Mr. Zemitis was inducted into the US Army in 1956 and was sent to Fort Sam Houston, where he was trained to become a radiologist, a career that he would practice the rest of his working life. Assigned to Germany, in part because of his facility with languages (he spoke Latvian, German, English and Russian fluently), Mr. Zemitis once again found time to resume his chess activities, drawing with soon-to-be World Champion Mikhail Tal in a simul held around the time of the Munich Olympiad.

It was in Germany that Mr. Zemitis met his future wife Sibylle. The two would be married for over fifty years and had two sons, Martin and Cedrick.

The Zemitis family returned to California in 1959, and the following year, with the assistance of Bob Burger, Mr. Zemitis published his first book,
The Unknown Tal. This was quite possibly the first book dedicated to the Wizard of Riga.

Family and job commitments kept his chess activities on the back burner in the 1960s and 1970s, but upon retiring from his work with the state of California, Mr. Zemitis returned to the game in a big way as a journalist and promoter. He helped the late Hans Poschman produce the
California Chess Journal in the late 1980s after the demise of Chess Voice, the successor to the California Chess Reporter. During this period Mr. Zemitis also became well-known for his role in trying to provide players with information about chess periodicals around the world, producing invaluable comprehensive lists in those pre-Internet days.

Mr. Zemitis did not confine himself solely to chess literature. He was also a man of action, who helped the young Zsuzsa Polgar make her West Coast debut in the United States in the 2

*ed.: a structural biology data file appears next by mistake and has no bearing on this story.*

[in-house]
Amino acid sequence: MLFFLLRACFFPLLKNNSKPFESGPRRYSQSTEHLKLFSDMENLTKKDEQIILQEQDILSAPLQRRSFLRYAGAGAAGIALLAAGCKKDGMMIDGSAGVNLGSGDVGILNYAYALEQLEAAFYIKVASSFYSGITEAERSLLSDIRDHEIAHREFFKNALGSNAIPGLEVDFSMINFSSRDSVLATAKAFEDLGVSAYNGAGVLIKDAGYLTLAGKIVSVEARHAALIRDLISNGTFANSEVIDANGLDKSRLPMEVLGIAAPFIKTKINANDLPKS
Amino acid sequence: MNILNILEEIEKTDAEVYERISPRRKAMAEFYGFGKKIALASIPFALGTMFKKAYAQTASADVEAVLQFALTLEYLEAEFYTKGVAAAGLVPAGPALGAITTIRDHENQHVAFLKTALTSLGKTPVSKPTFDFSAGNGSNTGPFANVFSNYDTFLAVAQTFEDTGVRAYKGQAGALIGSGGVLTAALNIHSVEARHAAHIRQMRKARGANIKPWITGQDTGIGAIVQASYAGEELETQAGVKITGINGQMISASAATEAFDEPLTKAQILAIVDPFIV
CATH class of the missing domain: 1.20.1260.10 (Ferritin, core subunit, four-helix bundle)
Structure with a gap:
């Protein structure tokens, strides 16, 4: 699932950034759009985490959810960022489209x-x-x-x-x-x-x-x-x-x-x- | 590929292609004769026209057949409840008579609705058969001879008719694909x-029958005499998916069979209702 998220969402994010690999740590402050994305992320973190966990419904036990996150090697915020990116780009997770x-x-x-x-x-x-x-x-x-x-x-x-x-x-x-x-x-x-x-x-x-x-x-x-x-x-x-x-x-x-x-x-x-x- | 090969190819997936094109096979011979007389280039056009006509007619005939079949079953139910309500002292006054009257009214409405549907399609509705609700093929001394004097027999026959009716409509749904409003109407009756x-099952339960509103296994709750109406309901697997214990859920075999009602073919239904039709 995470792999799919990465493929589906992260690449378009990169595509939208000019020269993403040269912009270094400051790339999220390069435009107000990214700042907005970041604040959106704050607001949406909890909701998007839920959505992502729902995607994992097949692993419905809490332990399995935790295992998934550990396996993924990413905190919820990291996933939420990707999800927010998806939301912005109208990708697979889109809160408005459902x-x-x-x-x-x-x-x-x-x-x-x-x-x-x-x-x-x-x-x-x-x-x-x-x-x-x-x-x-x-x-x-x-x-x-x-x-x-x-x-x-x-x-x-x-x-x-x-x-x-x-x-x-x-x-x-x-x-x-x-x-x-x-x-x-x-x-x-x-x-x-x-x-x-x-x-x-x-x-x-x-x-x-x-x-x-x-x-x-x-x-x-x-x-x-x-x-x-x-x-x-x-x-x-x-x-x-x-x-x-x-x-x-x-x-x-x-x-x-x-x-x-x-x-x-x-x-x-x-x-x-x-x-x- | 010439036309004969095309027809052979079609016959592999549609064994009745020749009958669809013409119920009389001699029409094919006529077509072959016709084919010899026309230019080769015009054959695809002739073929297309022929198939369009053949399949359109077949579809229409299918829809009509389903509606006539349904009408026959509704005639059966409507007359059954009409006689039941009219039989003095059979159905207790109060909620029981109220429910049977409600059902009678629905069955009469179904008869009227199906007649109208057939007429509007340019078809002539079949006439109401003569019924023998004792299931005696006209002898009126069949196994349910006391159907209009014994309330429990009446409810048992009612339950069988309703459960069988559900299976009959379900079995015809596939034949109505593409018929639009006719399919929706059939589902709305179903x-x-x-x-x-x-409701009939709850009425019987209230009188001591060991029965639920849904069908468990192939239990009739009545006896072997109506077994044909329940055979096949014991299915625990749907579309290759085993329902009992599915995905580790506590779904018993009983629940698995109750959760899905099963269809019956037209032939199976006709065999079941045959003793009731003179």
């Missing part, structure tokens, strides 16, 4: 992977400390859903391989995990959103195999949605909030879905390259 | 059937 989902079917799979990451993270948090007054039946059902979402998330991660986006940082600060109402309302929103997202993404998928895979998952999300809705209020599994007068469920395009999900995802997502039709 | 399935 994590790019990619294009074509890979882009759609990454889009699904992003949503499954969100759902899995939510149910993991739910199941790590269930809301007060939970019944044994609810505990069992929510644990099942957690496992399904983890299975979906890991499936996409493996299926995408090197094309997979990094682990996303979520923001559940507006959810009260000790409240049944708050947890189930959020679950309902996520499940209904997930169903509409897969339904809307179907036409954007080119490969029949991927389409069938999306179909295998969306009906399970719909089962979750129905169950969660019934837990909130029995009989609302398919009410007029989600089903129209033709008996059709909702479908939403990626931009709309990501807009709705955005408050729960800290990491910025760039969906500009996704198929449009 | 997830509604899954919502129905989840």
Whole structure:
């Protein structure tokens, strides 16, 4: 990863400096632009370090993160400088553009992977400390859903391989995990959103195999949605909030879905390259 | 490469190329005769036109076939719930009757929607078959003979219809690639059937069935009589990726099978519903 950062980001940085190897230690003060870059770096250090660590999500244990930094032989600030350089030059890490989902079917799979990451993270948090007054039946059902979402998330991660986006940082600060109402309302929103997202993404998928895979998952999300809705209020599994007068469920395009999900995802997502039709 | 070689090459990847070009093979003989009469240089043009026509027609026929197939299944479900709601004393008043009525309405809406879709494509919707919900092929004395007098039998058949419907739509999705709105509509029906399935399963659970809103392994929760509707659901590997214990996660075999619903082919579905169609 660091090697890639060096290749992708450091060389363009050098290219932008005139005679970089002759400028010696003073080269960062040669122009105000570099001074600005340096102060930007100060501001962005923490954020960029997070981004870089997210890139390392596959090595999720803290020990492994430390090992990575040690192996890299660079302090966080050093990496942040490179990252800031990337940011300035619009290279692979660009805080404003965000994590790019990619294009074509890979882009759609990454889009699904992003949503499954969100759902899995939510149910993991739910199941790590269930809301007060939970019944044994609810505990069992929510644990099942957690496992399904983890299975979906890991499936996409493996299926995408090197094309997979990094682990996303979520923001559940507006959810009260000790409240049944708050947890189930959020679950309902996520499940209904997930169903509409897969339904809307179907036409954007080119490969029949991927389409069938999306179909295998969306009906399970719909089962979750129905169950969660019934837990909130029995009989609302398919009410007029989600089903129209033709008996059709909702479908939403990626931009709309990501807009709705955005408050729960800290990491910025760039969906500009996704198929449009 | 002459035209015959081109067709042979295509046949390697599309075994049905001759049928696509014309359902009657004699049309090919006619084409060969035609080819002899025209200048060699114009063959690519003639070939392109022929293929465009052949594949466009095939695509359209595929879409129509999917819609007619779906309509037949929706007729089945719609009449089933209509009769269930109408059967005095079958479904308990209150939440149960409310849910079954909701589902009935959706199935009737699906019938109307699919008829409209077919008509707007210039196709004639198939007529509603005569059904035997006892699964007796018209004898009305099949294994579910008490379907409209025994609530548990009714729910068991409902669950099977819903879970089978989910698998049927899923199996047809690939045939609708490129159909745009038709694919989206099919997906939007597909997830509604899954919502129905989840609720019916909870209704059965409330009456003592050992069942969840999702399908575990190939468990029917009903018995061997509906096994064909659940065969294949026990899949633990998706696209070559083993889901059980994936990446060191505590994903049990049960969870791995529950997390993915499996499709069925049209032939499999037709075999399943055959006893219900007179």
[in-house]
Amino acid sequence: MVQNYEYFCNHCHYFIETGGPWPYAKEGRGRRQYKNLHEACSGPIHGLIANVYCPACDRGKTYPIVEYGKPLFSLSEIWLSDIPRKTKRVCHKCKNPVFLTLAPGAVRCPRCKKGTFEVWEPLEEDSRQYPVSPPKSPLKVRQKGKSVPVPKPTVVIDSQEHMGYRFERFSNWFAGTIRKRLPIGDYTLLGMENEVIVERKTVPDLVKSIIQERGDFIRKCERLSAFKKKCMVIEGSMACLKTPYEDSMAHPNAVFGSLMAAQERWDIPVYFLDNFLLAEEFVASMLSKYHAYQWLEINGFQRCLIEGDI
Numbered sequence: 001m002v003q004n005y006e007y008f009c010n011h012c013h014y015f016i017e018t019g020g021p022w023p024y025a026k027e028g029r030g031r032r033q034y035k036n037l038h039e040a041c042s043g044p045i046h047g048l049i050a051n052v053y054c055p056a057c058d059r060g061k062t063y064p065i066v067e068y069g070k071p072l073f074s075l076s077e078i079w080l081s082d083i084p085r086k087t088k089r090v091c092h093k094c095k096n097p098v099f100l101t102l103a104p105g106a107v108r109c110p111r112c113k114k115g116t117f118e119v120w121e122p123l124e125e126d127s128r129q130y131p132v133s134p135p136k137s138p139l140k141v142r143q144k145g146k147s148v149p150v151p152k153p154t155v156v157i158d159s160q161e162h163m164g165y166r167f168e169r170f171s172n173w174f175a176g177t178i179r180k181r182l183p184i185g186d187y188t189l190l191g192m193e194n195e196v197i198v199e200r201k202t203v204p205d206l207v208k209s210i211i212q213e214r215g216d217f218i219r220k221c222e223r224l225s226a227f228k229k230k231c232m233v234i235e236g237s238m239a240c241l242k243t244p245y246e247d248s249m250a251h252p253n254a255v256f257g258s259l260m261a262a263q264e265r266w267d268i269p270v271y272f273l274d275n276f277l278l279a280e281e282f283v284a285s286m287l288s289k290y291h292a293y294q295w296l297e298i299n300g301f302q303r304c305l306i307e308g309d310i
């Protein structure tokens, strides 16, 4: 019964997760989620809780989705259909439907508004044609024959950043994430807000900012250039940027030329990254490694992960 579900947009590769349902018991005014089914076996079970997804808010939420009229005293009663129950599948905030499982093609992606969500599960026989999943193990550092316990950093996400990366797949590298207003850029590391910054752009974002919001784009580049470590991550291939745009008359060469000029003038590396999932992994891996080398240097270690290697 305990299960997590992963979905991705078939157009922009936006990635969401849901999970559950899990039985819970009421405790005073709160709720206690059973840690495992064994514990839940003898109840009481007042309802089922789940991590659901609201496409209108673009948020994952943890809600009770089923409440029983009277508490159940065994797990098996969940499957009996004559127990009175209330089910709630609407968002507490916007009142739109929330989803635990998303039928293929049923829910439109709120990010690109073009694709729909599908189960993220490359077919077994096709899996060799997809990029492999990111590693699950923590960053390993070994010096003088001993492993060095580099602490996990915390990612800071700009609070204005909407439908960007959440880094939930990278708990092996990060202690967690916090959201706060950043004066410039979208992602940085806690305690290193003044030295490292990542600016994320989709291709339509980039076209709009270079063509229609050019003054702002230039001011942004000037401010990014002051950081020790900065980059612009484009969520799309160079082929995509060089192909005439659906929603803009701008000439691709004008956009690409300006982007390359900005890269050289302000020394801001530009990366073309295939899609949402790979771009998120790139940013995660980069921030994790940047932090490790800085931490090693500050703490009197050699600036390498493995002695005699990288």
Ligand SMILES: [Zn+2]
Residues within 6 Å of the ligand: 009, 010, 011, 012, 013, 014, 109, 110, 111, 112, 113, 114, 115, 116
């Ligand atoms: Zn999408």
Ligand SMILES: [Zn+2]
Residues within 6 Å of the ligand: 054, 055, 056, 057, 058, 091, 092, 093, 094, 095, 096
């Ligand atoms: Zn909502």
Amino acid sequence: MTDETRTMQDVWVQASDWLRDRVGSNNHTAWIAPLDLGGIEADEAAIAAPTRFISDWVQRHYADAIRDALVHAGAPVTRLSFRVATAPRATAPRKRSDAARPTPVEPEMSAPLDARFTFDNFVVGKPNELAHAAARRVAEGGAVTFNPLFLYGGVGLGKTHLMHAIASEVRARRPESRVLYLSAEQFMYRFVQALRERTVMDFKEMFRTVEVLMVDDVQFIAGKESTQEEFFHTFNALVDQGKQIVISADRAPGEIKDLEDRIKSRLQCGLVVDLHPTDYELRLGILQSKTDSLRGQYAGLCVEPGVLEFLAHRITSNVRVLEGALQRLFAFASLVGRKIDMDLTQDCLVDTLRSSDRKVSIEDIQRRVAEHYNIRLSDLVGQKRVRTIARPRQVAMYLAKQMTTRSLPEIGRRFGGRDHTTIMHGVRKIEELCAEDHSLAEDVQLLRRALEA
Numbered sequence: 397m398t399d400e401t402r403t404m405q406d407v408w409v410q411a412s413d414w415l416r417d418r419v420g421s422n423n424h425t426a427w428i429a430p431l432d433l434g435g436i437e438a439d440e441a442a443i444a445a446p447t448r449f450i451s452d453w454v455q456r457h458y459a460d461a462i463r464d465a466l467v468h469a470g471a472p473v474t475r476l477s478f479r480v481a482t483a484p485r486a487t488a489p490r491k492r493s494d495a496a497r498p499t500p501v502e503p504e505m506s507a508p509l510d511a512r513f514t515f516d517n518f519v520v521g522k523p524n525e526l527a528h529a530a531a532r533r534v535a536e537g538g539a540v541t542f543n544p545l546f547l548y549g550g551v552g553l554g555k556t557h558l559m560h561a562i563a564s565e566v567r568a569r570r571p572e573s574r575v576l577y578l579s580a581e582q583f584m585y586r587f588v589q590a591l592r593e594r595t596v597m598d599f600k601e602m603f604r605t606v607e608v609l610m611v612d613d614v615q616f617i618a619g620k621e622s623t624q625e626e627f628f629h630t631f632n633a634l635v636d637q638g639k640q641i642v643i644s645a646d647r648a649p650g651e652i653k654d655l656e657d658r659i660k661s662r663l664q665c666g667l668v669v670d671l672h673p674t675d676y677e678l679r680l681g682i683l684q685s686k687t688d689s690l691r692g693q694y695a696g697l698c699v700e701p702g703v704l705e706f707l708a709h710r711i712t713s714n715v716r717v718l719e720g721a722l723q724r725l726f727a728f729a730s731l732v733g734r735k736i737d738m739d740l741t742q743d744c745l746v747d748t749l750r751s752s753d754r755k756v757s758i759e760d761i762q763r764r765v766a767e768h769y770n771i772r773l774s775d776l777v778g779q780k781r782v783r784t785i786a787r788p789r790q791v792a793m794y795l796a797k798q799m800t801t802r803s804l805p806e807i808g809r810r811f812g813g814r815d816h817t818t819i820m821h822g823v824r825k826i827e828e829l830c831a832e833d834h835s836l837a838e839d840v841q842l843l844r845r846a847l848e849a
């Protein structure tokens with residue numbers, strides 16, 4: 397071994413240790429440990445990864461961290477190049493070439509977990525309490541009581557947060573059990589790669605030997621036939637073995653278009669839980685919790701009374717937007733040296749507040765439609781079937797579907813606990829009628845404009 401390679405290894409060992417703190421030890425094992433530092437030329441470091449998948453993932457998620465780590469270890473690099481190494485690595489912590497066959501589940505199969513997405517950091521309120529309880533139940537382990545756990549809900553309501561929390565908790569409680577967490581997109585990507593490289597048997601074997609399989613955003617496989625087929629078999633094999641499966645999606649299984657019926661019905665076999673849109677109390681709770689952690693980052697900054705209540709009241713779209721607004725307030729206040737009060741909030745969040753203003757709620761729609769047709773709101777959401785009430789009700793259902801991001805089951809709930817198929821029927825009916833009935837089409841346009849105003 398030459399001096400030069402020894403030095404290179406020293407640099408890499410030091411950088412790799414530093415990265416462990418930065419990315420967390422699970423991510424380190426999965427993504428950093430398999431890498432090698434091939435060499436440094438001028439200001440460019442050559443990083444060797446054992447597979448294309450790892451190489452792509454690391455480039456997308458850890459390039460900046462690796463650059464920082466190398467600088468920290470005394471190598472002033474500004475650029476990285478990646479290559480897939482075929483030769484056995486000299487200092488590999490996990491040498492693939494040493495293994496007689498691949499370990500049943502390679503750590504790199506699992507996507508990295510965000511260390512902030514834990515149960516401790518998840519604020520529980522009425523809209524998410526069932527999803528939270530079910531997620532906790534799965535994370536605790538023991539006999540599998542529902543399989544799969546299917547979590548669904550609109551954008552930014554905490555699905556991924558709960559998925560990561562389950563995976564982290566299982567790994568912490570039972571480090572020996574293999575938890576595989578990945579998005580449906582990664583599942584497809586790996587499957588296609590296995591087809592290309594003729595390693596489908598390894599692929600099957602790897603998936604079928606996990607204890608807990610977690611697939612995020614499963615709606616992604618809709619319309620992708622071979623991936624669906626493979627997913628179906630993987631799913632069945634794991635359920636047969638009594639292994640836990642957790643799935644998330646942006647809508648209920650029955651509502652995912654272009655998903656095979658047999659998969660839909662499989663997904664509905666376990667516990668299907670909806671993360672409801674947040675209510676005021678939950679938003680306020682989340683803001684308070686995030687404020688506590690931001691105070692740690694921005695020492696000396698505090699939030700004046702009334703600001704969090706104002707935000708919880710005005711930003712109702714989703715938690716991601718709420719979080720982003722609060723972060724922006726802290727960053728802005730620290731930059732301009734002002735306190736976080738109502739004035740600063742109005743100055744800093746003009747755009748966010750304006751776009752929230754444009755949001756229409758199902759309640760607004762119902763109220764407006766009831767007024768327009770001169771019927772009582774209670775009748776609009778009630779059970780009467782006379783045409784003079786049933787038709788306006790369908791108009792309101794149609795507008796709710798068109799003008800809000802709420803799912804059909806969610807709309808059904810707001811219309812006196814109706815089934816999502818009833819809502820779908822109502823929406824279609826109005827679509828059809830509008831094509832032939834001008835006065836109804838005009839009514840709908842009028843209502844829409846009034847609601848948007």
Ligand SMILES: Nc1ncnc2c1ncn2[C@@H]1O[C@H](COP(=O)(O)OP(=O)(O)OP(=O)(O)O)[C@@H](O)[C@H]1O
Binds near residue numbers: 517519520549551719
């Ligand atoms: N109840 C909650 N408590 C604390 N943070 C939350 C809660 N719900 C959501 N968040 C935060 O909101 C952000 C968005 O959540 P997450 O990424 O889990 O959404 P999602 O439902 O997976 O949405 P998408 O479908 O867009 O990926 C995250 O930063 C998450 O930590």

nd San Francisco International in 1986. Later he was instrumental in bringing the Latvian Women’s Champion Dana Reizniece to play two international events at the Mechanics’ Institute in 2000. Soon after Latvia regained its independence in the early 1990s, Mr. Zemitis found himself corresponding with the young Alexey Shirov, and trying to help him find opportunities in a rapidly changing world.

During the last decade of his life Mr. Zemitis continued his productive work, first as the publisher and a contributor to the journal
Latvian Correspondence & Latvian Gambit Magazine and later for its successor Latvijas Saha Vestnesis. As important as these publications were they were dwarfed by the completion of his Encyclopedia of Latvian Chessplayers. This massive two-volume work, over 800 pages in length, can be found at the Mechanics’ Institute and the principal public repositories of chess books—the John G. White Collection in Cleveland, the Royal Dutch Library in The Hague and the Anderson Collection at the State Library of Victoria in Australia. There is no other publication like it devoted to the chess players of one small country; albeit one that has produced giants the likes of Tal, Nimzovitch and Shirov.

A man who seldom, if ever, raised his voice or lost his temper, Val Zemitis will be remembered as a good husband and father, a friend to any animal he ever met and a true lover of chess.

Slav Exchange D13
Val Zemitis – G. Gottschalk
Germany 1951

1.d4 d5 2.Nf3 Nf6 3.c4 c6 4.cxd5 cxd5 5.Nc3 Nc6 6.Bf4 e6 7.e3 Nh5 8.Be5 f5 9.Rc1 Be7 10.Bd3 0–0 11.0–0 Bd7 12.Ne1 Nxe5?!

Safer was 12...Nf6. This exchange offers White’s knight an excellent post on d4.

13.dxe5 Qe8 14.Nc2 g5?!

This is too ambitious. More solid was 14...g6.

15.Nd4 a6

Played to prevent the knight incursion which occurs after 15...Rb8 16.Ncb5.

16.Qb3 Rb8



This well-timed blow tears apart Black’s position.

17�fxg4 18.Nxd5! exd5 19.Qxd5+ Kg7?

Black’s only chance to survive was 19...Kh8, although after 20.Qe4 Qg6 21.Qxg6 hxg6 22.Rc7 Rfd8 23.e6 Bb5 24.Bxb5 Bd6 25.e7 Bxc7 26.exd8Q+ Rxd8 (26...Bxd8 27.Be2) 27.Ne6 Rd6 28.Bc4 the ending is far from pleasant.

20.Rc7 Bc6

No better is 20...Bb5. After 21.Nxb5 axb5 22.Qe4 Rh8 23.Bxb5 Qd8 24.Rd7 Qe8 25.Rc1 Black remains a piece ahead but his position is hopeless.


21.Qe6 Rf7 22.Nf5+ Kf8 23.Bc4 Ng7 24.Qh6 Rxf5 25.Qxh7 1–0

QGD Semi-Tarrasch D41
Val Zemitis – Henry Gross
San Francisco 1963

1.d4 d5 2.c4 e6 3.Nf3 Nf6 4.Nc3 c5 5.cxd5 Nxd5 6.e4 Nxc3 7.bxc3 Nc6?